These Play-Doh Portraits Freak Us Out (But We Can't Stop Looking)

People are now asking the artist to "smash my face up."

A Portuguese artist is playing around with Play-Doh on the human face. It's fantastic, grotesque and -- well, just see below.

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José Cardoso recently debuted a series of photos featuring bizarre mash-ups of his friends' faces with Play-Doh that matches their skin tones.
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The result looks like the living embodiment of The Weeknd's smash hit "Can't Feel My Face."
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Cardoso, who creates under the name "Ze," has his subjects squish and twist an orange-sized piece of the modeling dough into any shape they chose. Then he photographs their creations and photoshops them onto portraits of those individuals.
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Cardoso, who is based in Porto, Portugal, said his striking pictures are open to a variety of interpretations.
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"There's a lot of theories about identity loss nowadays, about how social networks can help you fake your real identity," Cardoso told HuffPost. "Why do people use photoshop in order to hide imperfections but never use that tool to enhance deficiencies?"
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He said his work could also be seen as a comment on how easy it is to get "plastic surgery to your face like it was made of Play-Doh."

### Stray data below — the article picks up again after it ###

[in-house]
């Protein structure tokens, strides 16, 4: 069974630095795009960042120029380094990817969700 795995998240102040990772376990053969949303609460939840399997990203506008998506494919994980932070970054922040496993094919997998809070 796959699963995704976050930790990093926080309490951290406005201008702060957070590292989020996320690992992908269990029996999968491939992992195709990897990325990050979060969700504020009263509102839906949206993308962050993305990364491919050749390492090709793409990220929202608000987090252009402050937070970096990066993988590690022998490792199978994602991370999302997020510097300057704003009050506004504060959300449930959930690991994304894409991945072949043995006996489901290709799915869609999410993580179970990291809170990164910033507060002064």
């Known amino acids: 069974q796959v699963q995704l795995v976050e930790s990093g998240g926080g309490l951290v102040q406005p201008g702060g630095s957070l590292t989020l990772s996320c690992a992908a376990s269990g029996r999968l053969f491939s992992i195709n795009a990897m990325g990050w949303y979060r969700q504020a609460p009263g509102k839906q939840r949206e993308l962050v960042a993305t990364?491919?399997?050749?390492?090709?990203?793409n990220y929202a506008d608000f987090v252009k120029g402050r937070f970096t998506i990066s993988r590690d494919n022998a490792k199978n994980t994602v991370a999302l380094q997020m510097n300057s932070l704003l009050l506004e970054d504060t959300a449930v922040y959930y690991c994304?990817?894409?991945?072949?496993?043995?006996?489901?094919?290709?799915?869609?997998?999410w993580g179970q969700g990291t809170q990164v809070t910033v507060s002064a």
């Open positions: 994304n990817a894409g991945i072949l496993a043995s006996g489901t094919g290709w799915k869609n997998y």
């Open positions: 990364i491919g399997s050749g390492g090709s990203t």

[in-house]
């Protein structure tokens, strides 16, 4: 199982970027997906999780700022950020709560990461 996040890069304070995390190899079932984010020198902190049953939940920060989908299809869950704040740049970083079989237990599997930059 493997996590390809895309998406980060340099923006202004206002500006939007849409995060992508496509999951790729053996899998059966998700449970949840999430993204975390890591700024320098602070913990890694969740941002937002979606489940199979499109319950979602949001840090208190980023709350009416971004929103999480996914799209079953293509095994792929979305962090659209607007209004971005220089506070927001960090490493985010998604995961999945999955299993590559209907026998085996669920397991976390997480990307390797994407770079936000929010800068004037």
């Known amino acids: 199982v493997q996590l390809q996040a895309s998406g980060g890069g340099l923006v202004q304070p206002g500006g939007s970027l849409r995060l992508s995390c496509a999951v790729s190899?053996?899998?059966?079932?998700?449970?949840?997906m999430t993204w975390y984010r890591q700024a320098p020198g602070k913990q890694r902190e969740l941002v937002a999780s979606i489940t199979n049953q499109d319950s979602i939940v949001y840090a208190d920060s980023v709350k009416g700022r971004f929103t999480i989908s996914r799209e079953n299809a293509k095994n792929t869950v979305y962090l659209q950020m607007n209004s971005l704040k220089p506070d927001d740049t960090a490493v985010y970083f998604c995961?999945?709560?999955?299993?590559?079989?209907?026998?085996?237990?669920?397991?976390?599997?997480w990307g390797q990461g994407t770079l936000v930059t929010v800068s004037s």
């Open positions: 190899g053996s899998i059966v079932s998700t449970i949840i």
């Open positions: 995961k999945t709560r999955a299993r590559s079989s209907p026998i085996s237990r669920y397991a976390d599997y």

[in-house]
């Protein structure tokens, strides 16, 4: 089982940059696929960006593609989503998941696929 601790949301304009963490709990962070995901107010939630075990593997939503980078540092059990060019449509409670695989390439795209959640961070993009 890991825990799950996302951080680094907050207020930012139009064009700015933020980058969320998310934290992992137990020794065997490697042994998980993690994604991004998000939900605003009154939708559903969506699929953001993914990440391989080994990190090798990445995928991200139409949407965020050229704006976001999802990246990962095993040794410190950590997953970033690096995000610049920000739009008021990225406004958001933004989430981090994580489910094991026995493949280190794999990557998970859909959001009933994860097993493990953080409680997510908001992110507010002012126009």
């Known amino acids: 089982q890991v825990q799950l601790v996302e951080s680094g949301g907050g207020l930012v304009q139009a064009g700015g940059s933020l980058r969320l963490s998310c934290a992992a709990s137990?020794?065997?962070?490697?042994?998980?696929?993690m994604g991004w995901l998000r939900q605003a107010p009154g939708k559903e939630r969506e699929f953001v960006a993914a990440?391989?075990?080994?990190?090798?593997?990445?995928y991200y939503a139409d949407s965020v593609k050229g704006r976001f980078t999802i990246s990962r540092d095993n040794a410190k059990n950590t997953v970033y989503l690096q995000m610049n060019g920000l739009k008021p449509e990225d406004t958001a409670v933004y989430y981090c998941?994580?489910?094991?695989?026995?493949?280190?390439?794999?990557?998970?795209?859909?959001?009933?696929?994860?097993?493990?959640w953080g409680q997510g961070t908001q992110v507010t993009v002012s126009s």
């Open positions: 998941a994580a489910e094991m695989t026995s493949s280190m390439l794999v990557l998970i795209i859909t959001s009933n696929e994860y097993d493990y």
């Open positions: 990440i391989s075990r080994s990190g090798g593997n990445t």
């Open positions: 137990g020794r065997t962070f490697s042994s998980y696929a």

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"How come humans can't help but stare at disfigured faces, even moderate disfigurements?" the artist asked.
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Although Cardoso uses modern innovations to manipulate the images, his project is actually a tribute to old-school special effects like those seen in 1980s-era David Cronenberg films.
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"I'm a big fan of David Lynch as I am a big fan of those craziest Cronenberg movies," Cardoso said, referring to another director noted for his striking visual style. "I do love old-school gory special effects."
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The portraits have been generating a strong reaction ever since Cardoso posted them at Behance.net, though not everyone is taken by the shocking images.
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"A lot of people are offended by the images, while others just think this is way too much aggressive," Cardoso said. "I did this for fun, as a tribute to old-school special effects, an easy and clean way to create bizarre characters ... so I expected people to look at this in a more relaxed way and not in a negative way."
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Cardoso started on the project 10 months ago, He was surprised at how willing people were to pose for him.
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"I was hoping that two or three close friends would agree to help me, but every day I have private messages on my Facebook account like: 'Hey, I'm John, I really want you to smash my face up. How can we do this? Thanks!'" Cardoso said.
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He figures there's a simple reason why his project has appealed to people.
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"People love selfies," he said. "People spend a lot of money on their face because it is their greeting card, I guess."

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